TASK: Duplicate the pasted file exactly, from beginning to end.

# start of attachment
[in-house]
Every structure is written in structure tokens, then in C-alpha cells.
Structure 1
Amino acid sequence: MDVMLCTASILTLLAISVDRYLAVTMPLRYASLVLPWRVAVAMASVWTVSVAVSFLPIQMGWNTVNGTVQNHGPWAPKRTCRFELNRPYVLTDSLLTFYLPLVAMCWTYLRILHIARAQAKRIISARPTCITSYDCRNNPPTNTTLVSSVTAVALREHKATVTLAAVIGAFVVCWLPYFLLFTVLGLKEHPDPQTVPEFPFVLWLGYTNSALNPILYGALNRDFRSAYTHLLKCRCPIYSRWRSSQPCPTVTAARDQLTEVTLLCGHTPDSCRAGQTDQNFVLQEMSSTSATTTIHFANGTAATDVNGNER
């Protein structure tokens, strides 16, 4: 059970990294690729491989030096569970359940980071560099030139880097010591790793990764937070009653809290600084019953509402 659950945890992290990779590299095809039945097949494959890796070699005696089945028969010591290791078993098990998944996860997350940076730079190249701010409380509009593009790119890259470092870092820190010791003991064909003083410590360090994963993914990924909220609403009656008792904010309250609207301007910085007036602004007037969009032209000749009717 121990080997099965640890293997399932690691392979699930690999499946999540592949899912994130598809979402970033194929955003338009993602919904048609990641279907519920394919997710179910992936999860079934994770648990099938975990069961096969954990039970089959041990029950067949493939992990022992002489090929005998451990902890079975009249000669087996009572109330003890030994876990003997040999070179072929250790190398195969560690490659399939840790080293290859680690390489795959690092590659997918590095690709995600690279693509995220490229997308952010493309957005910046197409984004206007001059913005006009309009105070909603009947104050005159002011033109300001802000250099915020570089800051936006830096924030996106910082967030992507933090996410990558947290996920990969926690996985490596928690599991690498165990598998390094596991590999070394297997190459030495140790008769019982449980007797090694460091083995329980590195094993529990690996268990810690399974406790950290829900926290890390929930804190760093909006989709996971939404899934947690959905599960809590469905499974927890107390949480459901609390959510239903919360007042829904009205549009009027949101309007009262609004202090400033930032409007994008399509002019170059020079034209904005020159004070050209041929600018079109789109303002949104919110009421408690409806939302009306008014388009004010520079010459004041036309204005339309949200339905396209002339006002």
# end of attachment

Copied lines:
[in-house]
Every structure is written in structure tokens, then in C-alpha cells.
Structure 1
Amino acid sequence: MDVMLCTASILTLLAISVDRYLAVTMPLRYASLVLPWRVAVAMASVWTVSVAVSFLPIQMGWNTVNGTVQNHGPWAPKRTCRFELNRPYVLTDSLLTFYLPLVAMCWTYLRILHIARAQAKRIISARPTCITSYDCRNNPPTNTTLVSSVTAVALREHKATVTLAAVIGAFVVCWLPYFLLFTVLGLKEHPDPQTVPEFPFVLWLGYTNSALNPILYGALNRDFRSAYTHLLKCRCPIYSRWRSSQPCPTVTAARDQLTEVTLLCGHTPDSCRAGQTDQNFVLQEMSSTSATTTIHFANGTAATDVNGNER
């Protein structure tokens, strides 16, 4: 059970990294690729491989030096569970359940980071560099030139880097010591790793990764937070009653809290600084019953509402 659950945890992290990779590299095809039945097949494959890796070699005696089945028969010591290791078993098990998944996860997350940076730079190249701010409380509009593009790119890259470092870092820190010791003991064909003083410590360090994963993914990924909220609403009656008792904010309250609207301007910085007036602004007037969009032209000749009717 121990080997099965640890293997399932690691392979699930690999499946999540592949899912994130598809979402970033194929955003338009993602919904048609990641279907519920394919997710179910992936999860079934994770648990099938975990069961096969954990039970089959041990029950067949493939992990022992002489090929005998451990902890079975009249000669087996009572109330003890030994876990003997040999070179072929250790190398195969560690490659399939840790080293290859680690390489795959690092590659997918590095690709995600690279693509995220490229997308952010493309957005910046197409984004206007001059913005006009309009105070909603009947104050005159002011033109300001802000250099915020570089800051936006830096924030996106910082967030992507933090996410990558947290996920990969926690996985490596928690599991690498165990598998390094596991590999070394297997190459030495140790008769019982449980007797090694460091083995329980590195094993529990690996268990810690399974406790950290829900926290890390929930804190760093909006989709996971939404899934947690959905599960809590469905499974927890107390949480459901609390959510239903919360007042829904009205549009009027949101309007009262609004202090400033930032409007994008399509002019170059020079034209904005020159004070050209041929600018079109789109303002949104919110009421408690409806939302009306008014388009004010520079010459004041036309204005339309949200339905396209002339006002």